US sends Javelin missiles and Switchblade drones to Ukraine in $800 million arms package

FILE - In this image taken from footage provided by the Ukrainian Defense Ministry Press Service, a Ukrainian soldiers use a launcher with US Javelin missiles during military exercises in Donetsk region, Ukraine, Wednesday, Jan. 12, 2022. The Russian invasion of Ukraine is the largest conflict that Europe has seen since World War II, with Russia conducting a multi-pronged offensive across the country. The Russian military has pummeled wide areas in Ukraine with air strikes and has conducted massive rocket and artillery bombardment resulting in massive casualties. (Ukrainian Defense Ministry Press Service via AP, File)
By Dénes Albert
2 Min Read

As part of an $800 million arms aid package to Ukraine, the United States is sending among other things Switchblade loitering drones and British-made Javelin surface-to-air missiles.

According to Pentagon spokesman John Kirby, these are 18 M777 Howitzer guns, state-of-the-art artillery pieces used until recently by the U.S. military in Afghanistan, along with 40,000 155mm shells, 10 AN anti-artillery mobile radars / TPQ36 and two AN / MPQ64 anti-aircraft radars “Sentinel.”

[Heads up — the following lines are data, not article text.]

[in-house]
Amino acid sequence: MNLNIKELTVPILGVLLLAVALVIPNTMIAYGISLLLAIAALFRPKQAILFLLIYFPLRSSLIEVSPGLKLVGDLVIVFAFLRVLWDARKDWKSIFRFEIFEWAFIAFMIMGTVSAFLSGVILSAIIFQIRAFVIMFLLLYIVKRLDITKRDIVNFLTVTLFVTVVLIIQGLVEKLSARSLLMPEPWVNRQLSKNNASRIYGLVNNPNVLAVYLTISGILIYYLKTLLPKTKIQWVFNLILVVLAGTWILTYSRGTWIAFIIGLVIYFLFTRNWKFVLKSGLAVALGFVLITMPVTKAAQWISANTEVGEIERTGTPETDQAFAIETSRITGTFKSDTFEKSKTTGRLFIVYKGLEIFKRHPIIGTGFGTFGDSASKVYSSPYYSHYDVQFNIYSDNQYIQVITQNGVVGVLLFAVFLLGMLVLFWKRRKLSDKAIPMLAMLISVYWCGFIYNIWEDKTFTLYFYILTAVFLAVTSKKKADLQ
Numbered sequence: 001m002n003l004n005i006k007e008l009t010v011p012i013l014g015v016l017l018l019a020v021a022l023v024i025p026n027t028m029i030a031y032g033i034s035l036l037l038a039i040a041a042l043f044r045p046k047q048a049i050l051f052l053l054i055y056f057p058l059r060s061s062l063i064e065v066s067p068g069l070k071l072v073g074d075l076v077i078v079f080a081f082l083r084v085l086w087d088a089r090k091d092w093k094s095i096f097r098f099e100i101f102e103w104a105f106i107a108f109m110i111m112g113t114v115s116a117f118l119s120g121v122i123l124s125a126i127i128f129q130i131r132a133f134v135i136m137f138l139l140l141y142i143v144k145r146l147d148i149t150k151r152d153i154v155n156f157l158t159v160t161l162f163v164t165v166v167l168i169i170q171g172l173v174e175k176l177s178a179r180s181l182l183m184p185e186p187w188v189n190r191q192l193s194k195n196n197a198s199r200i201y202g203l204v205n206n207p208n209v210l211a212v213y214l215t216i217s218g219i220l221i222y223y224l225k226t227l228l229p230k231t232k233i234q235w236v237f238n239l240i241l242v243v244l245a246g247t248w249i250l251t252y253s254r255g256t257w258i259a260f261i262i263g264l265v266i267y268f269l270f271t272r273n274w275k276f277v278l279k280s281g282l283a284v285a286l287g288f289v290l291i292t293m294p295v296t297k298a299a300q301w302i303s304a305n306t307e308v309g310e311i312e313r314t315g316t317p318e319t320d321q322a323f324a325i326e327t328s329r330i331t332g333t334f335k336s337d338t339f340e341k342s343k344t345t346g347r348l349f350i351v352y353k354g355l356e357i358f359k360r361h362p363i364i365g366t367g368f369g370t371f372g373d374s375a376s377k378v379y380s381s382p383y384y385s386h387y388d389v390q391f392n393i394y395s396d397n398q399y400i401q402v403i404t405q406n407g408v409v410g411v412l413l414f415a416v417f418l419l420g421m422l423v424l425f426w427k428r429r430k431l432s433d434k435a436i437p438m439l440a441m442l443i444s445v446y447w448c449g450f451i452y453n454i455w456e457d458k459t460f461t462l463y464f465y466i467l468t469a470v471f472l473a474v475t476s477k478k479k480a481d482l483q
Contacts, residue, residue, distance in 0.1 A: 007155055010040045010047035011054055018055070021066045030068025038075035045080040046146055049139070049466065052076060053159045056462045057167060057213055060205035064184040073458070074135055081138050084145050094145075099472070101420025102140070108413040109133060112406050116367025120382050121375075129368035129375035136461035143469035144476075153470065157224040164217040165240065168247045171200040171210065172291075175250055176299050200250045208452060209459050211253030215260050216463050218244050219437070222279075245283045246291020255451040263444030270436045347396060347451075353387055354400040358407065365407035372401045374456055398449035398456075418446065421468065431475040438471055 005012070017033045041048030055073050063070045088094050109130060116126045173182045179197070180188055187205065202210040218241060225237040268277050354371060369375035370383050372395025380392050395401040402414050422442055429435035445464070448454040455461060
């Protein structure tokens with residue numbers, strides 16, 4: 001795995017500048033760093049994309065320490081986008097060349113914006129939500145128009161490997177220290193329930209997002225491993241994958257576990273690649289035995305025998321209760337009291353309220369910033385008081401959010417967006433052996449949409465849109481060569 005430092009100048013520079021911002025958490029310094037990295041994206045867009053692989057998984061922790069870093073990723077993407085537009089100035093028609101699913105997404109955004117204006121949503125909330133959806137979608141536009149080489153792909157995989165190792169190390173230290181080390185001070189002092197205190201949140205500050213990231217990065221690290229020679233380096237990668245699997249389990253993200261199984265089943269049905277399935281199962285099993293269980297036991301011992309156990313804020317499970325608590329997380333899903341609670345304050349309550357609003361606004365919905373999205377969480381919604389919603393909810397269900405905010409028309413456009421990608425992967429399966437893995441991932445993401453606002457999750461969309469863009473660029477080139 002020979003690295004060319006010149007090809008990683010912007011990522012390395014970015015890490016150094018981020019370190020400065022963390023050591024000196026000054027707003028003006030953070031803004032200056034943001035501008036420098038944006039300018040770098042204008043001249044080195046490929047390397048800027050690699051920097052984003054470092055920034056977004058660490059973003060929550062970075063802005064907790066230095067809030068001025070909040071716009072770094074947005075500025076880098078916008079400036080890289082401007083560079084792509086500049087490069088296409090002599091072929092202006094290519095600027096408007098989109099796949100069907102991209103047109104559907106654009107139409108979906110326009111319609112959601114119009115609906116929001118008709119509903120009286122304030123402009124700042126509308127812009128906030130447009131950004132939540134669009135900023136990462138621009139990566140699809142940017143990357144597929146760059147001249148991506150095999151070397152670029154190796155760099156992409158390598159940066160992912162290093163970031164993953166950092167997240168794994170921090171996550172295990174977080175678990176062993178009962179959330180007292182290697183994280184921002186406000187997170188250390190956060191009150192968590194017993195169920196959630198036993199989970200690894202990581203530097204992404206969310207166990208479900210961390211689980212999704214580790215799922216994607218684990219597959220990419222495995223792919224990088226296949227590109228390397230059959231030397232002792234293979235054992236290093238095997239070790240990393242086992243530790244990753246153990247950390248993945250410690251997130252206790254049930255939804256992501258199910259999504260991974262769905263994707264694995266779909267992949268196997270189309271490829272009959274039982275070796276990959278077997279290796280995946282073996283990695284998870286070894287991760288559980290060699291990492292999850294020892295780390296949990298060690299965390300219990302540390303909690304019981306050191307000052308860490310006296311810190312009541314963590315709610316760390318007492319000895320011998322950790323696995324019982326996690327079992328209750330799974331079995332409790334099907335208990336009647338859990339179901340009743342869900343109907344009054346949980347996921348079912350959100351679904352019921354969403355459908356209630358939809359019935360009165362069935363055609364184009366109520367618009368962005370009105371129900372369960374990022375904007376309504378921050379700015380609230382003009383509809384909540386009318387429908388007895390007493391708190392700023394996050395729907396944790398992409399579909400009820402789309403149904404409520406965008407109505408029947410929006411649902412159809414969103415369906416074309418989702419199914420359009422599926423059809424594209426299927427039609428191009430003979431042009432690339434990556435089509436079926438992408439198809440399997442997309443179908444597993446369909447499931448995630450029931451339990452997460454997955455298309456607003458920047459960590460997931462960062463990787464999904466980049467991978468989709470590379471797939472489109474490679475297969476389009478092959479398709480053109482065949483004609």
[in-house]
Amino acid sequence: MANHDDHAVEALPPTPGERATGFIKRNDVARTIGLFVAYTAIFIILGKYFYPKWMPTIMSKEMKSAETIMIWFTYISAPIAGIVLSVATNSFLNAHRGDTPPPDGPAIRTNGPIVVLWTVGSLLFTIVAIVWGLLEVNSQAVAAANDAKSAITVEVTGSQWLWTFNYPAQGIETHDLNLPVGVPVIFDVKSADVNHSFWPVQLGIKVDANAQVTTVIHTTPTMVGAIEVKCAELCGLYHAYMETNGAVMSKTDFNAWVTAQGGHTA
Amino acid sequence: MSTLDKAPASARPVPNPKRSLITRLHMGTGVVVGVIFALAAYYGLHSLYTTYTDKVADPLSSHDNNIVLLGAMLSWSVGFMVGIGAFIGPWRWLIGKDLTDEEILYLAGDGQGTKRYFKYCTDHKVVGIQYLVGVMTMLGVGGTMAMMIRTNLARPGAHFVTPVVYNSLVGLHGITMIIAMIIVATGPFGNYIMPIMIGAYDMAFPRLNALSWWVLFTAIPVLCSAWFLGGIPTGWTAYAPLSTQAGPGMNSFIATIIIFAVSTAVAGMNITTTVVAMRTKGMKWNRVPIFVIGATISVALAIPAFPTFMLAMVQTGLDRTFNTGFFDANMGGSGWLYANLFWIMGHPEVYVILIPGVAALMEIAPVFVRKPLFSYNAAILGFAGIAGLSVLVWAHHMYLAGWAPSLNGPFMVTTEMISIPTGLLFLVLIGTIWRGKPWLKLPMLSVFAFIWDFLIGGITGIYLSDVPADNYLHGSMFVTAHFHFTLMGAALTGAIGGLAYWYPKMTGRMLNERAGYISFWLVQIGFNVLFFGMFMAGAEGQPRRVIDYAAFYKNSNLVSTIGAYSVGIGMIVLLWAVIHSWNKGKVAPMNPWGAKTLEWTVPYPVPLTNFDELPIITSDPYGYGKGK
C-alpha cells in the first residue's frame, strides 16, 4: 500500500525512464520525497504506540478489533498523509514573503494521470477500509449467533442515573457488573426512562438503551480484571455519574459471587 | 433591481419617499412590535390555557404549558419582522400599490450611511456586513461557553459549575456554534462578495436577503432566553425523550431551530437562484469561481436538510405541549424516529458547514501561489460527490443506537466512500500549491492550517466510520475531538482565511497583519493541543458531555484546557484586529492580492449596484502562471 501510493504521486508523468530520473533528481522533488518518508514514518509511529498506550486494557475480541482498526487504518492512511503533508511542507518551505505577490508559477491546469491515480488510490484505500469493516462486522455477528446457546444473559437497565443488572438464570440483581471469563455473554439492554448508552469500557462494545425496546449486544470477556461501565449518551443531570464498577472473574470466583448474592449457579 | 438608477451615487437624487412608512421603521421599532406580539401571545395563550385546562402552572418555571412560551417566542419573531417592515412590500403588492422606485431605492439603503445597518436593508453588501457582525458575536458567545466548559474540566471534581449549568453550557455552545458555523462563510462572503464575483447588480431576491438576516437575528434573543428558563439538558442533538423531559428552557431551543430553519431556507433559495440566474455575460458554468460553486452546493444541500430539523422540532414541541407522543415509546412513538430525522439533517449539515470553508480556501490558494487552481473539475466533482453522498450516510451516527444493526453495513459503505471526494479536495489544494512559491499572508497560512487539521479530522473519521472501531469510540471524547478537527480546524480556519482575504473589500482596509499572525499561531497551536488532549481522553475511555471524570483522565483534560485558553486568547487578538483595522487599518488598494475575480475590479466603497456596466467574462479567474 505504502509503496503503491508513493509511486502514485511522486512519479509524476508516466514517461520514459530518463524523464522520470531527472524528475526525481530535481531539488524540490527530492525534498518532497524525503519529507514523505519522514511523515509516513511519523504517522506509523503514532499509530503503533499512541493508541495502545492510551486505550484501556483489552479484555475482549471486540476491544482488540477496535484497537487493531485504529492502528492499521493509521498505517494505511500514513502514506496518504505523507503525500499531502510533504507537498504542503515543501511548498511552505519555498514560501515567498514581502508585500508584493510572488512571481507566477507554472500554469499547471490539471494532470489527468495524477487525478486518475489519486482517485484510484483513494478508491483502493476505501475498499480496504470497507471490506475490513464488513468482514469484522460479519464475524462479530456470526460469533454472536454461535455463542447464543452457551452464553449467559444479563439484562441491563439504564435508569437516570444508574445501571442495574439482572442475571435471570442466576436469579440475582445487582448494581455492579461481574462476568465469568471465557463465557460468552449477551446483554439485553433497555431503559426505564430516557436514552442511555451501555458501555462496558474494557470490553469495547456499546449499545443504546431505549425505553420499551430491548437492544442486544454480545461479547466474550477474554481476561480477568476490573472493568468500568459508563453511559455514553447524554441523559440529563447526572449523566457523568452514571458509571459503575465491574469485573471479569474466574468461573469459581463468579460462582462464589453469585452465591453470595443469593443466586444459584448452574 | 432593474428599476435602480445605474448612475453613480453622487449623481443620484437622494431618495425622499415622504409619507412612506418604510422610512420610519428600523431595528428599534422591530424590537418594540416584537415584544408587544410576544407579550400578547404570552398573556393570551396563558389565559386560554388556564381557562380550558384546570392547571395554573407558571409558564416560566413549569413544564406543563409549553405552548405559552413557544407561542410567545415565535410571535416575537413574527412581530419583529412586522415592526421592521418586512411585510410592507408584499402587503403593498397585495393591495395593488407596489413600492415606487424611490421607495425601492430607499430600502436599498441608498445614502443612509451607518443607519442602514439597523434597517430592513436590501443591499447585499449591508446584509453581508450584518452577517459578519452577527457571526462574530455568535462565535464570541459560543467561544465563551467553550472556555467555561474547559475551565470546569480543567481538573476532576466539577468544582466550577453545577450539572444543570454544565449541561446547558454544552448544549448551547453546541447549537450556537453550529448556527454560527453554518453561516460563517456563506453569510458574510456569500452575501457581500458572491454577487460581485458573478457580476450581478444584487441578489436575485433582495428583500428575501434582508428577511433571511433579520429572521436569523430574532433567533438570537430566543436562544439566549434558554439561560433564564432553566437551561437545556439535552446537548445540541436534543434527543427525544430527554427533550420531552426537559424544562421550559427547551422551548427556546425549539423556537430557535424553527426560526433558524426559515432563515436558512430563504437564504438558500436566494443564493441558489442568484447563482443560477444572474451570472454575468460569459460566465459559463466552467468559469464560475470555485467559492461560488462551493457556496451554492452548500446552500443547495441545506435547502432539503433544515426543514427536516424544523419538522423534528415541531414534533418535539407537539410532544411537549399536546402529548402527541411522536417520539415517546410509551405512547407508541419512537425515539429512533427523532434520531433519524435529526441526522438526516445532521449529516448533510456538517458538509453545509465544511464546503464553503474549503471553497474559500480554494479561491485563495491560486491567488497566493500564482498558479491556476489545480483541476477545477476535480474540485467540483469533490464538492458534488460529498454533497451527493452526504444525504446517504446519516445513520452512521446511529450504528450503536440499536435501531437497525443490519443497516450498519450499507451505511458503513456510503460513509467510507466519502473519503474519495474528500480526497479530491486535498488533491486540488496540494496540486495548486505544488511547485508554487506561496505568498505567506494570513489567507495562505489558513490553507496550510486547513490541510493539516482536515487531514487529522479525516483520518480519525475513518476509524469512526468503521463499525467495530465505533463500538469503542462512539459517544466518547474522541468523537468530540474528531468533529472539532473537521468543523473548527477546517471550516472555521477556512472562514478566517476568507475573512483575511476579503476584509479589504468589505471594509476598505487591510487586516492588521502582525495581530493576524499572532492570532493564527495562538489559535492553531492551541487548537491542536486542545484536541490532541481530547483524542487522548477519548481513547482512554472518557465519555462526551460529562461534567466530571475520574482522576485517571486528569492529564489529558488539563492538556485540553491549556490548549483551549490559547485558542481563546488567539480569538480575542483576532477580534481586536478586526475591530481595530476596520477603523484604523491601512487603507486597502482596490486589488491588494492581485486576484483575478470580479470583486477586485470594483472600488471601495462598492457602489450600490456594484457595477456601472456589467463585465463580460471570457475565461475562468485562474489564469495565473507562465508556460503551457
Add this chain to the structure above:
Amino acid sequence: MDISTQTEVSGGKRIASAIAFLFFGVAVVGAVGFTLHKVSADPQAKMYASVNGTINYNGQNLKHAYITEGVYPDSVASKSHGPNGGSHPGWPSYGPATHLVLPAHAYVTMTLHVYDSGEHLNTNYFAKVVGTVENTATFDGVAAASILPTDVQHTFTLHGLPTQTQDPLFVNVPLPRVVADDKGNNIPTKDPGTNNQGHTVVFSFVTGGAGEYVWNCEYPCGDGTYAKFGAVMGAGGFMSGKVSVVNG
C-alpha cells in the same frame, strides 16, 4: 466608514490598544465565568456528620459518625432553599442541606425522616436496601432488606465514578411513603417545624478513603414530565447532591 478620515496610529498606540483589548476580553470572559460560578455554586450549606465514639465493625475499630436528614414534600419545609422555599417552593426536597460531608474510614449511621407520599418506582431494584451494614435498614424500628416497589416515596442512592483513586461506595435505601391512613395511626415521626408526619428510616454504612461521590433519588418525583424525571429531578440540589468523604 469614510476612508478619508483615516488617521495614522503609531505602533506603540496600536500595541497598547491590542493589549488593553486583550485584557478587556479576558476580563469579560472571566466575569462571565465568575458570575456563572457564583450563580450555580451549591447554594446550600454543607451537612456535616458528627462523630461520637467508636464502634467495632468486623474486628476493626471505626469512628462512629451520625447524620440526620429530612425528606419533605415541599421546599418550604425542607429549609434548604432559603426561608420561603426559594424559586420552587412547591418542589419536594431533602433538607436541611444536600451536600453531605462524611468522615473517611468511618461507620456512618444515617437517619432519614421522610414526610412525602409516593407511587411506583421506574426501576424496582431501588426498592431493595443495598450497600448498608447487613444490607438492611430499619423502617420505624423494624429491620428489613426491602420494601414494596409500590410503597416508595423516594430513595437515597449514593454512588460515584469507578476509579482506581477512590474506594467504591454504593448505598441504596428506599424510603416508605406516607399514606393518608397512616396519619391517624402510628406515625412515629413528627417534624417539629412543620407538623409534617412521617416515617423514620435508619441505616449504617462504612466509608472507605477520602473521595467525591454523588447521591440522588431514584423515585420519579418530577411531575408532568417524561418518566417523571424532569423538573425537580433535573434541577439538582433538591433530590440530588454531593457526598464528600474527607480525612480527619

This new tranche also includes 300 Switchblade “kamikaze” drones, as well as 500 Javelin missiles and “thousands of other anti-tank systems,” plus 200 M113 armored vehicles and 100 Humvee light armored vehicles.

The Javelin missiles are effective against low-flying aircraft while the Switchblade drone is a foldable device that fits into a backpack, is launched from a tube and can loiter above the target area before crashing into it with its explosive warhead.

This image provided by the U.S. Marine Corps, shows a Switchblade 300 10C drone system being used as part of a training exercise at Marine Corps Air Ground Combat Center Twentynine Palms, Calif., on Sept. 24, 2021. (Cpl. Alexis Moradian/U.S. Marine Corps via AP)

U.S. President Joe Biden also agreed to send 11 Soviet-made Mi-17 helicopters to the Afghan army before it surrendered to the Taliban. John Kirby said they came from U.S. military stocks, were available immediately and would be delivered “as soon as possible.”

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